Strengthening Food System Resilience
Climate change, population growth and urbanization threaten urban food systems worldwide. Food systems—and their food processing, distribution and consumption networks—are vulnerable to many threats with both short- and long-term consequences. For example, severe storms can cause power outages, block roads or damage food warehouses and stores. The Johns Hopkins Center for a Livable Future deploys research, policy and education to help make food systems more resilient—meaning they are strong enough to withstand and recover from crises. Building more resilient food systems ensures a more continual supply of safe, accessible food.
The Center for a Livable Future played a key role in convening the Baltimore City Food Policy Task Force, formed in 2009, and authored the Baltimore’s Food Policy Task Force Final Report and Recommendations.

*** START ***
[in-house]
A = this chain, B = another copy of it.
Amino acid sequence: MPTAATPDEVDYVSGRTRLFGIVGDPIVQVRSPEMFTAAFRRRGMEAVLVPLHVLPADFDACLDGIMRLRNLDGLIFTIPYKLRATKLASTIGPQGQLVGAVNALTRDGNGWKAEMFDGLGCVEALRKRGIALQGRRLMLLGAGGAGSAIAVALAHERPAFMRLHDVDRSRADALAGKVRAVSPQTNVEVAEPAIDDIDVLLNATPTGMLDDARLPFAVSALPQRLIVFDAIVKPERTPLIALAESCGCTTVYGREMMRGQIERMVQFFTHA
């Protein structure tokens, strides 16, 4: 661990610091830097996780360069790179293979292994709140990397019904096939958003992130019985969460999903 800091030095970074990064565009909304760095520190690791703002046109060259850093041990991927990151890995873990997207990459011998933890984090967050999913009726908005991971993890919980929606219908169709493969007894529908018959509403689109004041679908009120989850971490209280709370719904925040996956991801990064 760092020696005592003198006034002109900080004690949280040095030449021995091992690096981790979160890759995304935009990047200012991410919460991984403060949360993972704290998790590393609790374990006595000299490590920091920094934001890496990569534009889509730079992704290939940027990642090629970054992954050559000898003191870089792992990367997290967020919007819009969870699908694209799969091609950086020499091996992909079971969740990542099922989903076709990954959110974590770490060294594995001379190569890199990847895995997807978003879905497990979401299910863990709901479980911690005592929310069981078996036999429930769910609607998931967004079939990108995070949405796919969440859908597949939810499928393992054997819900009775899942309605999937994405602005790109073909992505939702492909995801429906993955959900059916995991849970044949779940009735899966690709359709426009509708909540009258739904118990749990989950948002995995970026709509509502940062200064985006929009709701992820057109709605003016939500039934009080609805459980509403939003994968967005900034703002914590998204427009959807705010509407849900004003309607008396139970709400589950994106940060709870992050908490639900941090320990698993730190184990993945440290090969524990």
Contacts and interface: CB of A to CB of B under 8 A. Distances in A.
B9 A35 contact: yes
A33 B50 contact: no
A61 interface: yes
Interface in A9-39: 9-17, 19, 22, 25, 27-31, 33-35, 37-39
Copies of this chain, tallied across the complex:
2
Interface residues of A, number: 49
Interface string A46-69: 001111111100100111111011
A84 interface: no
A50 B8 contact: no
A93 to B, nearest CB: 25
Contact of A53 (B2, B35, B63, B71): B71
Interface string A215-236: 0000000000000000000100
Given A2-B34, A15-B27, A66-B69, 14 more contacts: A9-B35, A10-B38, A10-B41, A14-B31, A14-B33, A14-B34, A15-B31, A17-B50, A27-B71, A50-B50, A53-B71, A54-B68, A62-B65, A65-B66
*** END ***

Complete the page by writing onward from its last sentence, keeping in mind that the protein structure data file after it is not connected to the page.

Our Food System Resilience Project aims to use research, policy and education to make sure that food systems can provide safe, nutritious, accessible food despite climate change and other threats.
Studying whether greater reliance on regionally produced foods could improve food access and affordability for disadvantaged communities, while also benefiting farmers.
The Johns Hopkins Center for a Livable Future has collaborated with the Baltimore Food Policy Initiative since 2012 to examine the physical food environment in Baltimore City.